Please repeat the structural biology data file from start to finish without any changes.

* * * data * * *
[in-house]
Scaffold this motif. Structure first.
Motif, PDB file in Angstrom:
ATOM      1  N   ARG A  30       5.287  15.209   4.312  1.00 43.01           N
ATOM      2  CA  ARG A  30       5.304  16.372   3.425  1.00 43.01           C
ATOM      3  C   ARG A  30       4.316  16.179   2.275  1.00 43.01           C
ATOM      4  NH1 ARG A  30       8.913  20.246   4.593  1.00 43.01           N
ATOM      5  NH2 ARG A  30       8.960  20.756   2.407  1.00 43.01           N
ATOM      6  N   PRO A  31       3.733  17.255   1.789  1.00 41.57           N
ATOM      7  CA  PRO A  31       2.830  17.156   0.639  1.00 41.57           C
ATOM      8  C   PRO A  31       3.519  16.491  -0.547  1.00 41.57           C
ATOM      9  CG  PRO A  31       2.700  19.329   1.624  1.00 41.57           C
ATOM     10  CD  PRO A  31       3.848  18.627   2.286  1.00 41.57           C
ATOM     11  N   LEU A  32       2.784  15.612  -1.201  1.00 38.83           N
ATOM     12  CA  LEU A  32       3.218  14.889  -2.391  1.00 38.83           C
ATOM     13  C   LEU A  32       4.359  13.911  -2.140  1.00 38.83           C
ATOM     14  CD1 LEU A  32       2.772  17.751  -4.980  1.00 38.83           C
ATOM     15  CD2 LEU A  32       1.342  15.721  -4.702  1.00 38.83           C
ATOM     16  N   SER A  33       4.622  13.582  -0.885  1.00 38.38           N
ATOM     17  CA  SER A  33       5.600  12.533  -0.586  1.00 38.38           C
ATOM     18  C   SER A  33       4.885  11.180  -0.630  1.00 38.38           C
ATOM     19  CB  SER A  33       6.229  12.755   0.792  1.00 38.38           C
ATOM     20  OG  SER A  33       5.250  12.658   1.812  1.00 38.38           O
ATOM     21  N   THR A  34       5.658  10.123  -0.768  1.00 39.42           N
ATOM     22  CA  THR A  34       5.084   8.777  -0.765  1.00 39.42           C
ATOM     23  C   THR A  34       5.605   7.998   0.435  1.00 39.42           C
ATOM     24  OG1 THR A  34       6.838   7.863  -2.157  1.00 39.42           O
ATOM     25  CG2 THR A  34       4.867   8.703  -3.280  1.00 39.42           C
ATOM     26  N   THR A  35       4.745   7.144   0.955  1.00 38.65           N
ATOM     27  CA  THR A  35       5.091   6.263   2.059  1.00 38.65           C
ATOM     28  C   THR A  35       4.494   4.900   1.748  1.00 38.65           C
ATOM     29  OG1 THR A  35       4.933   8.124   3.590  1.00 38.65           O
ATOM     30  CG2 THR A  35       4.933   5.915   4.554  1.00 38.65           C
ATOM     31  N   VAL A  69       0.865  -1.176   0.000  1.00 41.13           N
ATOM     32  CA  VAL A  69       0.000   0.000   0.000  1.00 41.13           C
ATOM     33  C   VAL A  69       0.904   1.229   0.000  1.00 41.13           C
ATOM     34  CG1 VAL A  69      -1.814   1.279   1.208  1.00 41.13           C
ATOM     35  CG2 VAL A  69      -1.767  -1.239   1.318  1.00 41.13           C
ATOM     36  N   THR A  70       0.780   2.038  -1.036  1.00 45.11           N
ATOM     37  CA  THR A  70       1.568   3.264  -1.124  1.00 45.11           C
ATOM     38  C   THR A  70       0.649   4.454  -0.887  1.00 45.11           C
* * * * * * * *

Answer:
[in-house]
Scaffold this motif. Structure first.
Motif, PDB file in Angstrom:
ATOM      1  N   ARG A  30       5.287  15.209   4.312  1.00 43.01           N
ATOM      2  CA  ARG A  30       5.304  16.372   3.425  1.00 43.01           C
ATOM      3  C   ARG A  30       4.316  16.179   2.275  1.00 43.01           C
ATOM      4  NH1 ARG A  30       8.913  20.246   4.593  1.00 43.01           N
ATOM      5  NH2 ARG A  30       8.960  20.756   2.407  1.00 43.01           N
ATOM      6  N   PRO A  31       3.733  17.255   1.789  1.00 41.57           N
ATOM      7  CA  PRO A  31       2.830  17.156   0.639  1.00 41.57           C
ATOM      8  C   PRO A  31       3.519  16.491  -0.547  1.00 41.57           C
ATOM      9  CG  PRO A  31       2.700  19.329   1.624  1.00 41.57           C
ATOM     10  CD  PRO A  31       3.848  18.627   2.286  1.00 41.57           C
ATOM     11  N   LEU A  32       2.784  15.612  -1.201  1.00 38.83           N
ATOM     12  CA  LEU A  32       3.218  14.889  -2.391  1.00 38.83           C
ATOM     13  C   LEU A  32       4.359  13.911  -2.140  1.00 38.83           C
ATOM     14  CD1 LEU A  32       2.772  17.751  -4.980  1.00 38.83           C
ATOM     15  CD2 LEU A  32       1.342  15.721  -4.702  1.00 38.83           C
ATOM     16  N   SER A  33       4.622  13.582  -0.885  1.00 38.38           N
ATOM     17  CA  SER A  33       5.600  12.533  -0.586  1.00 38.38           C
ATOM     18  C   SER A  33       4.885  11.180  -0.630  1.00 38.38           C
ATOM     19  CB  SER A  33       6.229  12.755   0.792  1.00 38.38           C
ATOM     20  OG  SER A  33       5.250  12.658   1.812  1.00 38.38           O
ATOM     21  N   THR A  34       5.658  10.123  -0.768  1.00 39.42           N
ATOM     22  CA  THR A  34       5.084   8.777  -0.765  1.00 39.42           C
ATOM     23  C   THR A  34       5.605   7.998   0.435  1.00 39.42           C
ATOM     24  OG1 THR A  34       6.838   7.863  -2.157  1.00 39.42           O
ATOM     25  CG2 THR A  34       4.867   8.703  -3.280  1.00 39.42           C
ATOM     26  N   THR A  35       4.745   7.144   0.955  1.00 38.65           N
ATOM     27  CA  THR A  35       5.091   6.263   2.059  1.00 38.65           C
ATOM     28  C   THR A  35       4.494   4.900   1.748  1.00 38.65           C
ATOM     29  OG1 THR A  35       4.933   8.124   3.590  1.00 38.65           O
ATOM     30  CG2 THR A  35       4.933   5.915   4.554  1.00 38.65           C
ATOM     31  N   VAL A  69       0.865  -1.176   0.000  1.00 41.13           N
ATOM     32  CA  VAL A  69       0.000   0.000   0.000  1.00 41.13           C
ATOM     33  C   VAL A  69       0.904   1.229   0.000  1.00 41.13           C
ATOM     34  CG1 VAL A  69      -1.814   1.279   1.208  1.00 41.13           C
ATOM     35  CG2 VAL A  69      -1.767  -1.239   1.318  1.00 41.13           C
ATOM     36  N   THR A  70       0.780   2.038  -1.036  1.00 45.11           N
ATOM     37  CA  THR A  70       1.568   3.264  -1.124  1.00 45.11           C
ATOM     38  C   THR A  70       0.649   4.454  -0.887  1.00 45.11           C